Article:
My first flock

Here is the story of how I came to love poultry.
My flock started out with just a few hens (Or so I thought). We had a Buff Orpington, a Blue Orpington and several RIRs. At least we thought we had all RIRs. Shortly after getting them, I noticed that two of my Reds didn't look like the others. One was really small, and the other had white tail feathers. Her primary and secondary feathers on her wings were also white. She was always being picked on by the other hens, and never got enough to eat. Often, I had to separate her and give her extra food.
The moment I brought the chickens home, I fell in love with them. They were a happy, clucky bunch. They came when I called, and followed me around the yard. Then one day, one of the hens allowed me to set her up on my shoulder. That was when I knew I was going to be a poultry raiser.
I soon discovered that my four Reds, (including the one with white feathers), were not quiet hens. They were much younger than my Orpingtons, who where about two years old. I had been looking into getting a roo for them, and I decided to look for a small and docile roo. Maybe even one who was not yet matured. I finally found my roo.

(Here are my Orpingtons.)
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Someone in my area was getting rid of a six month old cockerel, and they wanted to find a home before he fully matured. "He's a sweet boy," They said. "We hatched him ourselves and would keep him, except that he fights with our older rooster. He is free to a good home."
Within a few hours, I was on my way to pick him up. The pictures they put online of him where so gorgeous, and I had fallen in love. Soon, he was in a box in the back of my car and we where headed home. I was so excited!
That night, when I went to put him in with the hens, I realized how big he was. He was a big young cock with a large rose comb and orange-ish eyes. His hackles where white laced with black, and he was quite handsome. He went right into the henhouse, and jumped up on a perch. He seemed to fit right in.
The next morning, I awoke to him crowing. I was surprised! I hadn't thought he was old enough to crow!
I got up and went outside, to see him standing in the doorway of the henhouse, crowing. The hens had all come out, and were watching him rather carefully. They didn't seem to like him. One certain member of my flock was particularly distressed.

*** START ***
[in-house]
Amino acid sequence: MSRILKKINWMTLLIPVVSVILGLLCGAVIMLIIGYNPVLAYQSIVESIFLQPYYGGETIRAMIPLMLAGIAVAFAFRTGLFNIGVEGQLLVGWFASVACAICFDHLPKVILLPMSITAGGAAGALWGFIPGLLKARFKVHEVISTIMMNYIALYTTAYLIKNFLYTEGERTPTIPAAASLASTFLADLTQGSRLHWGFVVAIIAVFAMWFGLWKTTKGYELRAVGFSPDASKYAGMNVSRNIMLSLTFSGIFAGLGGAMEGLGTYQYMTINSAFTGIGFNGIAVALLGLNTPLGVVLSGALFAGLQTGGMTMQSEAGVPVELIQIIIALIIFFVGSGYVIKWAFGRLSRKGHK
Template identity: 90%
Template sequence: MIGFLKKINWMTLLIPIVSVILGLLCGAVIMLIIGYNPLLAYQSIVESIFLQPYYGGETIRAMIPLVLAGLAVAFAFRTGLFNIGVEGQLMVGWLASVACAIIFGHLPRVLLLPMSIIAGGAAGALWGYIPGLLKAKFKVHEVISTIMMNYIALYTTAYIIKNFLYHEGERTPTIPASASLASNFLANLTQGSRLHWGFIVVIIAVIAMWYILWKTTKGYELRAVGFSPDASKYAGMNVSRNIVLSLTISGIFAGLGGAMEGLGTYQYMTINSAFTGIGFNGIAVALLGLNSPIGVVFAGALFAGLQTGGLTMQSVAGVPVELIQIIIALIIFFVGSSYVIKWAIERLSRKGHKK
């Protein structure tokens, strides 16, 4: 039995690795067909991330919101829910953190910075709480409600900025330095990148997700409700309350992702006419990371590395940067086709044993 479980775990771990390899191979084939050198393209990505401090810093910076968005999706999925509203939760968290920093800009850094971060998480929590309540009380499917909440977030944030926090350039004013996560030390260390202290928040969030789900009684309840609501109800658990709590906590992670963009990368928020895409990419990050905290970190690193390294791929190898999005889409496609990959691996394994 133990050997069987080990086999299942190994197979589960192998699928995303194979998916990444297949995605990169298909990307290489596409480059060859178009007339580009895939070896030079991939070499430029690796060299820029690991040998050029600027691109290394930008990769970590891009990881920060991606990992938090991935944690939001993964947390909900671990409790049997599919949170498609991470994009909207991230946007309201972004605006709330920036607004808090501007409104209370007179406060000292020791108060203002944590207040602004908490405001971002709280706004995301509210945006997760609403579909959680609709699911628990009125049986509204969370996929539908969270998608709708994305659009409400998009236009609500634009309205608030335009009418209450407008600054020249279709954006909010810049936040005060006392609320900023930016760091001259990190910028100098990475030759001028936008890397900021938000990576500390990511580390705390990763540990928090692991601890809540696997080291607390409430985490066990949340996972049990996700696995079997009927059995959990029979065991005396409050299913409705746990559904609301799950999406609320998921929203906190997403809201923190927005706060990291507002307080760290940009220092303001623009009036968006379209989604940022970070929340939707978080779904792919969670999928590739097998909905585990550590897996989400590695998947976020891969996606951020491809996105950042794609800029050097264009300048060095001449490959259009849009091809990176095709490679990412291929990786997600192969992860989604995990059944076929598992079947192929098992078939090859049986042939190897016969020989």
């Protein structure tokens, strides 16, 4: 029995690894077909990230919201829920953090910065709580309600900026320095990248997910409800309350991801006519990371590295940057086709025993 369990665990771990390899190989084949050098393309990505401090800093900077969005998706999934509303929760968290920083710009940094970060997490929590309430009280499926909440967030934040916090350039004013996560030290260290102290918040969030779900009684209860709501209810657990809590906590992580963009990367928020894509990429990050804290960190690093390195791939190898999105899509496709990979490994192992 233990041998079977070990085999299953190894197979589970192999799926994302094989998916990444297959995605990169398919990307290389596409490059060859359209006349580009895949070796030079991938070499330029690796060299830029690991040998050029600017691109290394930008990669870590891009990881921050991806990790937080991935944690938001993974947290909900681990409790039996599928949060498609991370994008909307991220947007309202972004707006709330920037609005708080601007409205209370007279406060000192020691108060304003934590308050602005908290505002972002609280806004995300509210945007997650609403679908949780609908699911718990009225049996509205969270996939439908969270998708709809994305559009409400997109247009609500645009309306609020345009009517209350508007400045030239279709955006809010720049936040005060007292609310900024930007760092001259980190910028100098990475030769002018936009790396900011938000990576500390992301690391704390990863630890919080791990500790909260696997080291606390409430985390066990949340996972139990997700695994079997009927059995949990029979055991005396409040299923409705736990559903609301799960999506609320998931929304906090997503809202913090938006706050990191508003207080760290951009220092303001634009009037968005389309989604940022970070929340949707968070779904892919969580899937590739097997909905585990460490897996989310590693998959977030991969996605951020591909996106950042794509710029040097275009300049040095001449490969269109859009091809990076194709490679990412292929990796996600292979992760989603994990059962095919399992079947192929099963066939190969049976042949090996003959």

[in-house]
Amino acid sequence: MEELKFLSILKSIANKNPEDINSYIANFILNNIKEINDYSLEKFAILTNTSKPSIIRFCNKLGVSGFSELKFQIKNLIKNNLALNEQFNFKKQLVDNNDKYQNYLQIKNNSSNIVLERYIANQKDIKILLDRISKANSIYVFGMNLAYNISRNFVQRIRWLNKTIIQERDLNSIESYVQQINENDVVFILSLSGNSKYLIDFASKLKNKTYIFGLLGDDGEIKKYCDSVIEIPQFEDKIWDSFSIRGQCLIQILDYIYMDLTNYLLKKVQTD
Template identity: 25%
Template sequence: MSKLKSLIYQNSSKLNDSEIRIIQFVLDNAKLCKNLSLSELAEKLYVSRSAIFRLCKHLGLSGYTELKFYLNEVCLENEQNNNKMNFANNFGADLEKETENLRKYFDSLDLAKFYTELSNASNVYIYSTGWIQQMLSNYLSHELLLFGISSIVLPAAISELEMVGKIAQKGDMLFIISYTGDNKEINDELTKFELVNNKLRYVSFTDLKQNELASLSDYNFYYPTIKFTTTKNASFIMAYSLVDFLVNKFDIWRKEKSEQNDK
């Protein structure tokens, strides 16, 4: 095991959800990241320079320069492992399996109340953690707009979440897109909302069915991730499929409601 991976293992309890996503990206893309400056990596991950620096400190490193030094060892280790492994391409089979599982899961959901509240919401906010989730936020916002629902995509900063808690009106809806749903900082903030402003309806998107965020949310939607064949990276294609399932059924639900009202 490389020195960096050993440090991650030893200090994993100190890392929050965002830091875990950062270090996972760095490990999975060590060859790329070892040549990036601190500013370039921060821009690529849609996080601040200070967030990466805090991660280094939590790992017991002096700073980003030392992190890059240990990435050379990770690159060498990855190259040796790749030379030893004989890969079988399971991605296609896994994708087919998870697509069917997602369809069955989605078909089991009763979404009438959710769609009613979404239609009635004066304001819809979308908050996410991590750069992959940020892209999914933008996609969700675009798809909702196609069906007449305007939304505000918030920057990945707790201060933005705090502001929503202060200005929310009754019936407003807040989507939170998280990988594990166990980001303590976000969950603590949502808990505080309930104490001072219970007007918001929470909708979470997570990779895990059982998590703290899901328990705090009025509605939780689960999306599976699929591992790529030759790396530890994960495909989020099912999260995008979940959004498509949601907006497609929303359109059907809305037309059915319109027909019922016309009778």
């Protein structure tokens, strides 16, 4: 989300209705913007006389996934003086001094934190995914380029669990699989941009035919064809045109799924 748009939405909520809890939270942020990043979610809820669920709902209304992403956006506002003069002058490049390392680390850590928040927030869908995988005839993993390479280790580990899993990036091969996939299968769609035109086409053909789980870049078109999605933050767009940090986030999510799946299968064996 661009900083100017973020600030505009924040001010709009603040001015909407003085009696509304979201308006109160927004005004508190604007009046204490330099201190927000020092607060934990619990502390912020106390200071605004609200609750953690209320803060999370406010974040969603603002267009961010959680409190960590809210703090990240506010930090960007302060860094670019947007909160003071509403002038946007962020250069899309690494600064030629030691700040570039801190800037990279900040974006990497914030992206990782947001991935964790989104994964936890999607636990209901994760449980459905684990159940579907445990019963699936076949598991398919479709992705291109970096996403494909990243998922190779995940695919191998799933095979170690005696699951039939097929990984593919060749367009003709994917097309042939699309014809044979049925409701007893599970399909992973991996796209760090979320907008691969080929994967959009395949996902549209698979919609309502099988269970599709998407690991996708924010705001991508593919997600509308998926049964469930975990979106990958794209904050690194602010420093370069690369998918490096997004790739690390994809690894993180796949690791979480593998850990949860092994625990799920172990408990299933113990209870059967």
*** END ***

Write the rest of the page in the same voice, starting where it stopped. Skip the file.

Though it wasn't love at first sight, the hens eventually accepted him. Because of his creamy white feathers, I decided to call him Alfredo. The name suited him. Not long after I got him, I let my flock out to range for the first time. What a joy that was, watching the chickens happily parade around the yard! They enjoyed it almost as much as I enjoyed watching them.

(Here is a pic of Alfredo. I had to edit the pic, because there were people in it who asked not to be shown.)
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I began letting them out once a day. I looked forward every day to watching them march around the yard, with Alfredo at their head. He was a good roo, young though he was. It soon became obvious to me that my Buff hen was his favorite. She would sit next to him on the perch at night, and was always near him when they ranged.
I was happy, and they were happy. Everything went perfectly, until about a month after Alfredo came. I had some family over, and lots of doors were left open. I had just let the flock out to range, when my little white dog, Rosie, ran out of the house. I didn't have a fence around the yard, it was still being built. The part of the yard that did have a fence was the part she had access to, and she had never seen the chickens. She ran straight for the nearest one, which was my largest RIR. She attacked it, and injured it. I tried to get there in time to stop her, but who can outrun a dog? For a little thing she is really fast.
Alfredo had been in the other side of the yard, and wasn't able to get there in time. I don't know if he would have attacked the dog, but he might have.
I put the flock back in their run, and tried to help my poor little RIR. I soon knew it was no use. The injuries she had received where mortal. Rather than let her suffer, I put her down.